Should Drones Be Part of Coloradans’ Near-ish Term Logistics Strategy?
If you didn’t buy a drone for your little boy or girl already, then you have probably missed the toy fad. But that’s OK, because the next phase of drone technology is already in high swing: the consumer applications wave is ebbing; long live far more impactful, life-, and business-changing applications. Welcome to the autonomous swarm.
Drone Technology in April, 2018: Where we are now
One of the largest hurdles to widespread, commercial applications of drones has been the need for drones to be controlled by human operators. It doesn’t mean too much to Amazon if they can use drones to deliver packages to customers, if the drone will still require human operators. Amazon and Walmart have both invested heavily in drone research, nonetheless. They saw the drone swarm on the horizon long ago.
But now, the swarm is close enough for everyone to taste. Navigation, sensors, and AI have developed significantly in the last two years, enough to warrant a new Defense Advanced Research Projects Agency (DARPA) initiative on April 1, 2018. The initiative is called, “OFFensive Swarm-Enabled Tactics (OFFSET).” A slew of businesses that have been developing the software and mechanics to support autonomous behavior are already applying, eager to show the US Department of Defense (DoD) exactly what their latest models can handle.
Reports are increasingly impressive, or scary, depending on where you are on the optimist/pessimist spectrum. Unmanned drones are being equipped with facial recognition software; they can interpret hand signals and navigate complex, urban environments, even homes; they can respond to other drones and act in small groups. All the pieces of the swarm puzzle are coming together. International bodies have already delivered strong warnings about the damage drone swarms could wreak if in the wrong hands.
But the commercial applications are equally stunning and even further-reaching. Business Insider reported in 2017 that drone delivery could decimate the cost of delivery. Amazon currently pays approximately $5.75 per package delivered via human-controlled car; autonomous drone deliveries would average $1, or 1/6th the cost.
Autonomous Drone Logistics Timeline: Testing in Denver Airspace
While the technology comes together, the Federal Aviation Administration (FAA) has begun to shift its regulations. The change is gradual, but a lot of progress has been made along a timeline to completion by 2020 or 2021. The latest initiative, organized by the Low Altitude Authorization and Notification Capability (LAANC) to begin in Denver on May 28, 2018, will allow unmanned aircraft within select FAA-controlled inbound and outbound airspaces, including:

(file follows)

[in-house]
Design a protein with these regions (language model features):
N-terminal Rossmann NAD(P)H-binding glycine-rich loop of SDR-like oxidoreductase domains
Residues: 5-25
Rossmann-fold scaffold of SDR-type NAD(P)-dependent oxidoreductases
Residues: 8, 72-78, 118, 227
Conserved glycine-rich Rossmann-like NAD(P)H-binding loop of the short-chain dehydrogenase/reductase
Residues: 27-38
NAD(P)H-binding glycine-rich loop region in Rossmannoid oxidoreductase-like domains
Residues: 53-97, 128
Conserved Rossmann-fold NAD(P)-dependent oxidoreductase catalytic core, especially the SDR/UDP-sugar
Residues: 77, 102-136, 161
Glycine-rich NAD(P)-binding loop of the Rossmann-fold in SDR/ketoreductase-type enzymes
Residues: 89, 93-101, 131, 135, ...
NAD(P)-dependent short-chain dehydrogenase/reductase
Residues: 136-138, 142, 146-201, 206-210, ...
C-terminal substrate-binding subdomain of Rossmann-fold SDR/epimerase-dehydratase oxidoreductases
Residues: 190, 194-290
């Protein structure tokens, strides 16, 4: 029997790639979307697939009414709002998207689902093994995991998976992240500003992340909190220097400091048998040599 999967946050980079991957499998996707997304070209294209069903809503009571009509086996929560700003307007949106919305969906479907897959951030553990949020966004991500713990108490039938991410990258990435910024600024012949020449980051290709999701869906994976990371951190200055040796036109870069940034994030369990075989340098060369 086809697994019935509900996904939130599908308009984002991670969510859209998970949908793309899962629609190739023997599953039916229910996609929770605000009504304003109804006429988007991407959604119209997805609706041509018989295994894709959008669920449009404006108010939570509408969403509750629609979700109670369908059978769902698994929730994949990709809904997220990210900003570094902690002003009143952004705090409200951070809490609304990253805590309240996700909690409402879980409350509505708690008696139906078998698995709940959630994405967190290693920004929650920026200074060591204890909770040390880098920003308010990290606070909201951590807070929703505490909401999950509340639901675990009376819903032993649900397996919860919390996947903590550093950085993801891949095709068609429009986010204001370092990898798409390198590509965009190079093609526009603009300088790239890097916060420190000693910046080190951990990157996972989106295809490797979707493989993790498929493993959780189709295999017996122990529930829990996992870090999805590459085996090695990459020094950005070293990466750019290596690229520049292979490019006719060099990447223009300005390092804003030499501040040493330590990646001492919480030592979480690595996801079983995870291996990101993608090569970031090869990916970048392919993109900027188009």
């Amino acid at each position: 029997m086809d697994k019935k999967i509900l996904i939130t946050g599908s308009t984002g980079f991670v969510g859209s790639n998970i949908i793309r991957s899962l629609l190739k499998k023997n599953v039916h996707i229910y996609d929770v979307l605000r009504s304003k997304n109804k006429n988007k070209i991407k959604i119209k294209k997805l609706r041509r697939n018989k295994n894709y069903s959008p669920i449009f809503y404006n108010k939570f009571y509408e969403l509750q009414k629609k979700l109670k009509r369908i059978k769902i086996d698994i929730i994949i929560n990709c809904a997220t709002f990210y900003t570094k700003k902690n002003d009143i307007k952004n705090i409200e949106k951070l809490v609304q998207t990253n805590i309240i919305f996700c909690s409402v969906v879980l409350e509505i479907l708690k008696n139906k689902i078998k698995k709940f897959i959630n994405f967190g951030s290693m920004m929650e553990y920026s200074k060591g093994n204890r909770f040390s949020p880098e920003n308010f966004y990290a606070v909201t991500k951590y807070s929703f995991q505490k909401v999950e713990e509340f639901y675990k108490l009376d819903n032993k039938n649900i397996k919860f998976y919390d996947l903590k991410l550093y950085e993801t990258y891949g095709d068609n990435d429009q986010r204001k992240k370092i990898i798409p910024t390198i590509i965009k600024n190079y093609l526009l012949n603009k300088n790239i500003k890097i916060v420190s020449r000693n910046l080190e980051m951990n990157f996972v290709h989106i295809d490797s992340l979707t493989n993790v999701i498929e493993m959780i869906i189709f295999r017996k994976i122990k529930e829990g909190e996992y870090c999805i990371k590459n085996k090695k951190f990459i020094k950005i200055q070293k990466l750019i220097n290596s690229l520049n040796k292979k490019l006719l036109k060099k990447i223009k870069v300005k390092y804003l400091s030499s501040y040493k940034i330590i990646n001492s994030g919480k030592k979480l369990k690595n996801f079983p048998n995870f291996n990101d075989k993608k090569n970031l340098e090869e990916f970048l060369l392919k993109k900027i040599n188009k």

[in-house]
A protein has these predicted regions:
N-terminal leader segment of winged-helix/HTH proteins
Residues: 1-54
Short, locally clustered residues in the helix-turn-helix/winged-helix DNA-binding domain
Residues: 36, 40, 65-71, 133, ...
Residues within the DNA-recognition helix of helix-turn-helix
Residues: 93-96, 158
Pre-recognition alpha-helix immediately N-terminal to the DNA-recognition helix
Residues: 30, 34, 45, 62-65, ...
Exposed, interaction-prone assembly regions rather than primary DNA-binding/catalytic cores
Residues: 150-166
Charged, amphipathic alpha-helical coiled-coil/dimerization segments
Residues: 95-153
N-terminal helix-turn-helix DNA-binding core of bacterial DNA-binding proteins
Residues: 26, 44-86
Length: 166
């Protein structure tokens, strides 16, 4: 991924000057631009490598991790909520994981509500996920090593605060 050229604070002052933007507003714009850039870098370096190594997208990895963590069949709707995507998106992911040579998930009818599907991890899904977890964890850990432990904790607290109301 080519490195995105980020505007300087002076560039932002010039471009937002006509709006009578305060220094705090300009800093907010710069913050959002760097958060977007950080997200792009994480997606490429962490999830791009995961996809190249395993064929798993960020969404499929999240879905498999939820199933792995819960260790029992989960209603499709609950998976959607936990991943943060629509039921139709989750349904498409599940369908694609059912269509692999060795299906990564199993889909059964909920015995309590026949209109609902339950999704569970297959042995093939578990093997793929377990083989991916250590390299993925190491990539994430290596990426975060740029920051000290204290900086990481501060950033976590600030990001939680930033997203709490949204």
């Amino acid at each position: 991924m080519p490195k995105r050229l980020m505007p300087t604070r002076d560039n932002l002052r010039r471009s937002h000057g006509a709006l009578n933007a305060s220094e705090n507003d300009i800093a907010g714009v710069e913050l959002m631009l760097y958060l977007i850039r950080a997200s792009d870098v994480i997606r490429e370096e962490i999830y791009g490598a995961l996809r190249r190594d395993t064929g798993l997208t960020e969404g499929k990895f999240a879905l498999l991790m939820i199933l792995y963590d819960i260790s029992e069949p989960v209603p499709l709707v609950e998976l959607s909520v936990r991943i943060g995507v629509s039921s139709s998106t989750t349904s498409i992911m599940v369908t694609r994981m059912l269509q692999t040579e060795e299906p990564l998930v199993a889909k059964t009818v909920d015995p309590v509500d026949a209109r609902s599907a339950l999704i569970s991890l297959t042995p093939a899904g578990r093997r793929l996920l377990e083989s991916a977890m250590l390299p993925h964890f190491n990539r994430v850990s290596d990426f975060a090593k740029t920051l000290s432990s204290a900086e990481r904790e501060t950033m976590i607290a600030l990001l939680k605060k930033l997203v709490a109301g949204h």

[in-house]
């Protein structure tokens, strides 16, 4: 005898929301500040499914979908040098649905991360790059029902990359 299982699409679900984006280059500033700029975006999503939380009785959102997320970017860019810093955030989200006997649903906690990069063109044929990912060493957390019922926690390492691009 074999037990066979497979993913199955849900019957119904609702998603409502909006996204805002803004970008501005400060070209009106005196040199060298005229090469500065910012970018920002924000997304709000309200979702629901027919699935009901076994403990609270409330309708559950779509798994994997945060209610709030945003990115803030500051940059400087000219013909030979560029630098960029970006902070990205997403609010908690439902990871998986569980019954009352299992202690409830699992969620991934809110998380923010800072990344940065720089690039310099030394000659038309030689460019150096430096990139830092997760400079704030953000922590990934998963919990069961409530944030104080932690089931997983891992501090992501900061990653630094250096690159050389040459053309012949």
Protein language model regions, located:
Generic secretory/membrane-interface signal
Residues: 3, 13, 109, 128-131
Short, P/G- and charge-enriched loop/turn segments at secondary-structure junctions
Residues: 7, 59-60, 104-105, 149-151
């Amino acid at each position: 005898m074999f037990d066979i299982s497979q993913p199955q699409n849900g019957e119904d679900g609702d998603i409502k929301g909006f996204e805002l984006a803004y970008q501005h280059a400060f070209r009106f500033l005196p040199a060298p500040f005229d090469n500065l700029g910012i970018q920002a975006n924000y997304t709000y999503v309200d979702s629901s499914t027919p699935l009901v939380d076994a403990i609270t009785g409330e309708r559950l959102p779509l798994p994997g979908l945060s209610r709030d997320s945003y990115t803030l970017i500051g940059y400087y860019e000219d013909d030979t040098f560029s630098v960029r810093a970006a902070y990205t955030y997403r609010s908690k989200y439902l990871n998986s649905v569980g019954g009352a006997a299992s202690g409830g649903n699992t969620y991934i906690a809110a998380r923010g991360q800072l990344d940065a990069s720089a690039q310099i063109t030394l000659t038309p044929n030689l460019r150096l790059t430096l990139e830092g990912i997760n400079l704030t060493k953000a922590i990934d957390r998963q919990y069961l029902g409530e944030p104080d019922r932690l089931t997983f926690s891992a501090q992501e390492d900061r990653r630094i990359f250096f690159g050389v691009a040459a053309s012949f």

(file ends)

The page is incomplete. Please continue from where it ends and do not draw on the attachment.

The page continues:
- Colorado Plains Regional Airport (AKO), Akron, CO
- San Luis Valley Regional Airport (ALS), Alamosa, CO
- Cortez Municipal Airport (CEZ), Cortez, CO
- Durango–La Plata County Airport (DRO), Durango, CO
- Gunnison–Crested Butte Regional Airport (GUC), Gunnison, CO
- Yampa Valley Airport (HDN), Hayden, CO
- Montrose Regional Airport (MTJ), Montrose, CO
- Garfield County Regional Airport (RIL), Rifle, CO
- Perry Stokes Airport (TAD), Trinidad, CO
- Goodland Municipal Airport (GLD), Goodland, KS
- Ainsworth Regional Airport (ANW), Ainsworth, NE
- Chadron Municipal Airport (CDR), Chadron, NE
- McCook Ben Nelson Regional Airport (MCK), McCook, NE
- North Platte Regional Airport (LBF), North Platte, NE
- Western Nebraska Regional Airport (BFF), Scottsbluff, NE
- Sidney Municipal Airport/Lloyd W. Carr Field (SNY), Sidney, NE
- Miller Field (VTN), Valentine, NE
- Laramie Regional Airport (LAR), Laramie, WY
- Rawlins Municipal Airport (RWL), Rawlins, WY
- Northern Colorado Regional Airport (FNL), Loveland, CO
- Pueblo Memorial Airport (PUB), Pueblo, CO
- Centennial Airport (APA), Englewood, CO
- Aspen–Pitkin County Airport (ASE), Aspen, CO
- Rocky Mountain Metropolitan Airport (BJC), Broomfield, CO
- Casper–Natrona County International Airport (CPR), Casper, WY
- Colorado Springs Airport (COS), Colorado Springs, CO
- Denver International Airport (DEN), Denver, CO
The purpose of the test is to ensure that drones can be operated close to aircraft without compromising safety. If the test is successful, the regulation that bans unmanned aircraft from these spaces will likely be removed, paving the way for drone deployment.
How to plan for the future
There is still plenty of time for Denver businesses to prepare for autonomous drone delivery. The year 2020 is an ideal, if-all-goes-according-to-plan target. The odds of actually achieving the 2020 target are up to anyone’s guess, but while the date is uncertain, there are still a few actions that you can take to prepare.
- Stay informed regarding drone technology. At the very least, follow the FAA on social media (twitter: @FAANews; facebook: FAA) to see the results of LAANC Denver
- Identify the degree to which drone delivery will impact your industry
- Visualize ways to take advantage of significantly reduced shipping cost
- Prepare to launch new initiatives as soon as regulations allow